From quarry to community: Looking at the huge Waterside development application
Here’s what would be included in the new project when fully built out: 2,595 dwelling units, 395 of which will be age-restricted units; two hotels with at least 175 rooms; an elementary school site; 1.25 million square feet of office space; around 500,000 square feet of retail space; a fire/rescue site; and multiple road improvements.
Chantilly Crushed Stone hopes to create a man-made lake as the centerpiece of the development. The company would bring in fill to stabilize the quarry, then the existing “hole” would be topped off with water to create the lake.
A residential element on the northern portion of the property, which was originally proposed in a 2012 application, has now been eliminated. Cooley, Chantilly Crushed Stone's land use firm, says this would delay residential development on the land until after 2020.
Townhomes were also a part of the original application but have now been eliminated. Multi-family dwellings, which generally produce fewer school-aged children than single family detached homes and townhouses, will make up a majority of the residential component in the application.
Age-restricted residential housing and an active adult community have also been added to the plan to “transition to the residential existing along Rock Hill Road.” Age-restricted housing usually means housing for people 55 and older.
In addition, developers are looking into an “urban-style” elementary school site which would be co-located with a library to create civic space near the multi-family units Chantilly Crushed Stone is proposing.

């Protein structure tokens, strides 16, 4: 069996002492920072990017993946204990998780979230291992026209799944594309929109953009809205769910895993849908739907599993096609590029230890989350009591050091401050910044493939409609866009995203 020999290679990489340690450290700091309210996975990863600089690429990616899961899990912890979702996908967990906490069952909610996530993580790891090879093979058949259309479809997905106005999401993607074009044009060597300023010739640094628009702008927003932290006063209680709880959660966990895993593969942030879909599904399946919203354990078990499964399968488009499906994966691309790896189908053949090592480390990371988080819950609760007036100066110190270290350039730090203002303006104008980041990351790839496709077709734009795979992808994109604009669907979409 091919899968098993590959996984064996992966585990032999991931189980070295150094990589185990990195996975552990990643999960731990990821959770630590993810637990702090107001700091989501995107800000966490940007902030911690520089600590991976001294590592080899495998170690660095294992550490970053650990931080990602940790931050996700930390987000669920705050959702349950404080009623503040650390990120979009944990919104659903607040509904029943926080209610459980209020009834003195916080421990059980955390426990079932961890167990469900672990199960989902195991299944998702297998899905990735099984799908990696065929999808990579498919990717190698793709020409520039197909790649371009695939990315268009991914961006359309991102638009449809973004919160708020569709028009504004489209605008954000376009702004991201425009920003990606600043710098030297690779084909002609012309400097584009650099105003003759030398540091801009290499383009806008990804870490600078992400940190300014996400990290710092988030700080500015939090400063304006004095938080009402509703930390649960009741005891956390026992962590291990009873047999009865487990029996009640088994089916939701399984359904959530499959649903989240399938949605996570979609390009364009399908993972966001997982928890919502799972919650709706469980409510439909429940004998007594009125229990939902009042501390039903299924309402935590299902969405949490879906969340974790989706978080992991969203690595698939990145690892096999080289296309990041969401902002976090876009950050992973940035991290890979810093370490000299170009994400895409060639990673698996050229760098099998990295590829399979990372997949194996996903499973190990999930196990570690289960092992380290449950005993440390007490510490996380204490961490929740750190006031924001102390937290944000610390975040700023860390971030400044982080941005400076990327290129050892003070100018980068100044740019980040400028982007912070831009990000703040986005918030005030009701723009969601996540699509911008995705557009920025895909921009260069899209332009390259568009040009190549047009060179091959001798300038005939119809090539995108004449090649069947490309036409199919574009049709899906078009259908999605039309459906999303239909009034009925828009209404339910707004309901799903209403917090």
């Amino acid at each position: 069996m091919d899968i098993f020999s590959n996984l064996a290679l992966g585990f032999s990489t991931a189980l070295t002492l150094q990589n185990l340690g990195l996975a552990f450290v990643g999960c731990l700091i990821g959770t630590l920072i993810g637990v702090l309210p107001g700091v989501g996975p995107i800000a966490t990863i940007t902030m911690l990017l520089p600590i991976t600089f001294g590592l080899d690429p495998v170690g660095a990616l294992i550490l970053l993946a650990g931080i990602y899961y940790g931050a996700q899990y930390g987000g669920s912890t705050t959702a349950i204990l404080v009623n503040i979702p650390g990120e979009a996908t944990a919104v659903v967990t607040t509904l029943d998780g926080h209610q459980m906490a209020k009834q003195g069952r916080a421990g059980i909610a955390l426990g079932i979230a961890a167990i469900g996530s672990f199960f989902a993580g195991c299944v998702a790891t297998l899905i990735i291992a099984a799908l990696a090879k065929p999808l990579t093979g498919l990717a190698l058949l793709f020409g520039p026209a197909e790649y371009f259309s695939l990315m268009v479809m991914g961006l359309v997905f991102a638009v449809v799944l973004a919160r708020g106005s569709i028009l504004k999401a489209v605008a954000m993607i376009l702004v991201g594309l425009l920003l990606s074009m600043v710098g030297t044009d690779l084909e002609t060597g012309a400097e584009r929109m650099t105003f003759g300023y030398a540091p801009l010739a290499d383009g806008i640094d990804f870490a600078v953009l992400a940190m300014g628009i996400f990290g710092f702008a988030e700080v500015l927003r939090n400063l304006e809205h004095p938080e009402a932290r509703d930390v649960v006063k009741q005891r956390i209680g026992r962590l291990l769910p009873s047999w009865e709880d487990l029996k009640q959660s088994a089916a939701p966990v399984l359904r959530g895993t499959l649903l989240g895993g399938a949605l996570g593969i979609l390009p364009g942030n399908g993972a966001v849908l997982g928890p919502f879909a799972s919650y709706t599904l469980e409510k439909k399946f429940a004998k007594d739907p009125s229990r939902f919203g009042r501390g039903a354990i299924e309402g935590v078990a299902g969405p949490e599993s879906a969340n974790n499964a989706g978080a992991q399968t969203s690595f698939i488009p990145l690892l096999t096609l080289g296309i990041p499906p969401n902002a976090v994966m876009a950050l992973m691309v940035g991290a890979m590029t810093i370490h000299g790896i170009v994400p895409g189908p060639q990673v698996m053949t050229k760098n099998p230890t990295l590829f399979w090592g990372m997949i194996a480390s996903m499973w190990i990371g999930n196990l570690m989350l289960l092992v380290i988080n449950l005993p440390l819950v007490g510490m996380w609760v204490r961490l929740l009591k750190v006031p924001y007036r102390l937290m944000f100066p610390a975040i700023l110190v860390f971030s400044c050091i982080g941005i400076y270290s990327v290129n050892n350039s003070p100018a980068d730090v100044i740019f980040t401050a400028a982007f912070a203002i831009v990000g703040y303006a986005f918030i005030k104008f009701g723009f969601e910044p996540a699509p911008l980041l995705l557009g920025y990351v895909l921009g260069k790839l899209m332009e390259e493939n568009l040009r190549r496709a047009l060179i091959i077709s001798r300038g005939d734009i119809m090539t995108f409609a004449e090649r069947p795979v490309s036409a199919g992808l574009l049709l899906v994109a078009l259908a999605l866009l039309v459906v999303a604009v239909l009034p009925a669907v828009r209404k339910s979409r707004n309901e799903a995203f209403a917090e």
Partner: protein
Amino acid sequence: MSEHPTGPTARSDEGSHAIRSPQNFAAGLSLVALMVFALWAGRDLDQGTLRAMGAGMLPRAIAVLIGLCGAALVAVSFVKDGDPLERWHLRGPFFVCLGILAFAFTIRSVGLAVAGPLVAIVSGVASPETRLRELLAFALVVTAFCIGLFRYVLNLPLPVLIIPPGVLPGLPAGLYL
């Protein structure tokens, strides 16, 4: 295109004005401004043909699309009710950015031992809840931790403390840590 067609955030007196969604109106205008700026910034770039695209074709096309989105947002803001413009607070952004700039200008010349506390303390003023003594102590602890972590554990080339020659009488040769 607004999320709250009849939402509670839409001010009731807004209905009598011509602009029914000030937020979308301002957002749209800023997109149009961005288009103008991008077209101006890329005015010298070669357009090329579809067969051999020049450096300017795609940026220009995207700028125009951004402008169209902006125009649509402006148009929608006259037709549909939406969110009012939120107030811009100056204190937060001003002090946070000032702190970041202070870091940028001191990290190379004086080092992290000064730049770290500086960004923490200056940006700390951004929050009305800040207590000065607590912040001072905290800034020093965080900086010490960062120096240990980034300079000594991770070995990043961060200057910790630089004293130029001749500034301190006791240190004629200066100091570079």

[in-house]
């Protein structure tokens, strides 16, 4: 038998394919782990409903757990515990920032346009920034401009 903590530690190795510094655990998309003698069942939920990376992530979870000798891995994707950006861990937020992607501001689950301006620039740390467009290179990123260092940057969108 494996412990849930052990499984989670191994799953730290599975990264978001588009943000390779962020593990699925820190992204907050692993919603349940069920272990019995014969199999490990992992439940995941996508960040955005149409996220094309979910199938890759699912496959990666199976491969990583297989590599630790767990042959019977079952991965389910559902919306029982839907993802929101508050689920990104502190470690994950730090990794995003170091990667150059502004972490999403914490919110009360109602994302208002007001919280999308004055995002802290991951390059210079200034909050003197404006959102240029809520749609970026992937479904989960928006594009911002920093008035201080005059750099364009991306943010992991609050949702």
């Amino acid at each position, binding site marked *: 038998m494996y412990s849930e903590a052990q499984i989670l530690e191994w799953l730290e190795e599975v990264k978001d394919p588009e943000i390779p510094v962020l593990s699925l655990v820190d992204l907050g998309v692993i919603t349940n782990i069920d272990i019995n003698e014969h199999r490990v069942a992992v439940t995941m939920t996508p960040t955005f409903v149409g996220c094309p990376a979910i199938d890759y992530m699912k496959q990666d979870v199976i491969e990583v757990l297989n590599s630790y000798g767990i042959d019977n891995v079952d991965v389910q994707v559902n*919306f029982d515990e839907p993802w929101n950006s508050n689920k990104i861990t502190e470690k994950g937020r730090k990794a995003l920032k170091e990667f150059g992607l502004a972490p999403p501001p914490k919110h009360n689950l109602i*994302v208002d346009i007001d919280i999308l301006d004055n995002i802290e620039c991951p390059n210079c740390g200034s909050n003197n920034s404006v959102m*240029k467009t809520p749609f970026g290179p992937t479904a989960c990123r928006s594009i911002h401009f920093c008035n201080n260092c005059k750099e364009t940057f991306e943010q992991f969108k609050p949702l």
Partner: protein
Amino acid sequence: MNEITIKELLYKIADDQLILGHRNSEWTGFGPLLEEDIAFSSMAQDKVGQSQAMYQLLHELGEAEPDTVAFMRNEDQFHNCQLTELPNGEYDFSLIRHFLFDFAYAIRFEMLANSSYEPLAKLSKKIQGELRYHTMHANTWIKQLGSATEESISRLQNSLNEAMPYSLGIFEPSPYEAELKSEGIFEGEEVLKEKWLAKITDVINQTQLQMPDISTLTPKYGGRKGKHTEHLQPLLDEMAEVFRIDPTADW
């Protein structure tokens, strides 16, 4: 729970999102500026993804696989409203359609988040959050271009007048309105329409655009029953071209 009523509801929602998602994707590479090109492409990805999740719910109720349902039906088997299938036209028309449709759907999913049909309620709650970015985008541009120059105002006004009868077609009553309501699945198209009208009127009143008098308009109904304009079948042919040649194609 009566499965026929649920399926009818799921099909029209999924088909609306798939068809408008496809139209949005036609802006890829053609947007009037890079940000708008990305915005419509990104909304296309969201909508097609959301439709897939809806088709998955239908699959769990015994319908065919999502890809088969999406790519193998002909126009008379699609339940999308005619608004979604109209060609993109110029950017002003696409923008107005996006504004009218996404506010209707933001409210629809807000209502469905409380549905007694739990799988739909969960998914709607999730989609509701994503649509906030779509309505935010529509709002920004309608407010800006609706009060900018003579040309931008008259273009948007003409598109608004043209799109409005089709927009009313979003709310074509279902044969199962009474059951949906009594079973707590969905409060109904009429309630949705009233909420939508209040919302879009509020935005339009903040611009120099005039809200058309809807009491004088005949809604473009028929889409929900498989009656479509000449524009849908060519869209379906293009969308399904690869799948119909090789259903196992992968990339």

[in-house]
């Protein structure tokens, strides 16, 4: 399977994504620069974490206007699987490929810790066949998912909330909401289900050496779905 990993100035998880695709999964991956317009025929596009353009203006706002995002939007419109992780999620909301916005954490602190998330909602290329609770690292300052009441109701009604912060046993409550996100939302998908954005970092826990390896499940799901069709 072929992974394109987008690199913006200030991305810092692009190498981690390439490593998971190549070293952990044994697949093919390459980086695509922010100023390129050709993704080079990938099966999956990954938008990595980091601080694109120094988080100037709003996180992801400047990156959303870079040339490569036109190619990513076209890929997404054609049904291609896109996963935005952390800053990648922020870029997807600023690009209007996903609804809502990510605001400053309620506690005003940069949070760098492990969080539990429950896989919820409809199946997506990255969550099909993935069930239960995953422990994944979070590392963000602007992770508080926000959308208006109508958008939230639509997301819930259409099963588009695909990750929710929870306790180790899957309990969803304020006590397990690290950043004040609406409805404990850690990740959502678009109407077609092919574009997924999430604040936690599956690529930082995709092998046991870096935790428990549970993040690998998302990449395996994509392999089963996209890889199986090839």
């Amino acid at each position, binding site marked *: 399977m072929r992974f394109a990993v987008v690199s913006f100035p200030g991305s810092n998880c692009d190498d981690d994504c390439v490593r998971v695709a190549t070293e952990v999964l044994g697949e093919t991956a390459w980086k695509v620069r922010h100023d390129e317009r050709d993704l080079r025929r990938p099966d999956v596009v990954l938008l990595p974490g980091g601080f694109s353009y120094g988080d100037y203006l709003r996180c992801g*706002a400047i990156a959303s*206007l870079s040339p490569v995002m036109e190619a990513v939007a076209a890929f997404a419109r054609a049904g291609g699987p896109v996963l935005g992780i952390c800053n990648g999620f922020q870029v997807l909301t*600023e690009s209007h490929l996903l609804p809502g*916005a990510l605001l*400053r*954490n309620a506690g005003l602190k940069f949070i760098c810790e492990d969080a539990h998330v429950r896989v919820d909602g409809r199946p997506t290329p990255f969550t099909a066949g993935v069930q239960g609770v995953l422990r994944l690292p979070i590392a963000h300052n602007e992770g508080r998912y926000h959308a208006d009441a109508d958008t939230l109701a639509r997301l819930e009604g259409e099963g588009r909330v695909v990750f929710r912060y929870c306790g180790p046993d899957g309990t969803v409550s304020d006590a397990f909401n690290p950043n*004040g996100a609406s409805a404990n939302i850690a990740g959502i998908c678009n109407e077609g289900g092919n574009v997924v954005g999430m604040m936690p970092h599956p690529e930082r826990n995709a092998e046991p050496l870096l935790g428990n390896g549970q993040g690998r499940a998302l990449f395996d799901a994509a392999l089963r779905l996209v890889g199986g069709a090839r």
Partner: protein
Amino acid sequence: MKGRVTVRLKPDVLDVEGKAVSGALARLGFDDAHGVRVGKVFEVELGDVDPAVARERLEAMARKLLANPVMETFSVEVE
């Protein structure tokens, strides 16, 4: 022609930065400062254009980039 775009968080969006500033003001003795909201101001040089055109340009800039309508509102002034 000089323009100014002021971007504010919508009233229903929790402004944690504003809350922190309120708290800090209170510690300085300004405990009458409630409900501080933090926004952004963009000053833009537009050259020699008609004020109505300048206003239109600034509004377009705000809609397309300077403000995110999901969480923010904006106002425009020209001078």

A letter sent to the county's planning department stated developers from Waterside were told by Loudoun County Public Schools neither a high school nor middle school site would be needed with the application, but that an elementary school would be appropriate.
Transportation improvements mentioned in the application included a widening of Route 606, an extension of Davis Drive north and south of Route 606, a Shaw Road extension, a Pacific Boulevard Connection, a Dulles Greenway connection, multiple other road connections and a shuttle bus service.
The Board has allowed for rezonings of Evermont Trace and recently Tuscarora Crossing. Both passed on 5-4 votes.
At the March 4 Board of Supervisors business meeting Supervisors Matt Letourneau (R-Dulles) and Ralph Buona (R-Ashburn) both said that rezonings are difficult, because in some cases it’s better to take a favorable proffer package and be proactive about developing certain areas than to simply allow by-right development which might no longer fit with the county’s future plans.
Letourneau and Buona each voted against the Tuscarora Crossing and Evermont Trace rezoning applications.
An Urban Land Institute study presented to the board in 2014 noted it will be important to have a mixed-use development inclusive of residential development near the metro. The board is currently looking at revising the county’s Comprehensive Plan, with a specific focus on how to develop land near the future Silver Line Stations.
Those discussions will be coming at the same time the application is going through the planning and board processes.
The Waterside project will be located in the metro tax district, which means it can be taxed at a higher rate than other properties.
The revised application has not made it onto the board’s agenda yet but should be making its way through the planning commission in the next few months.
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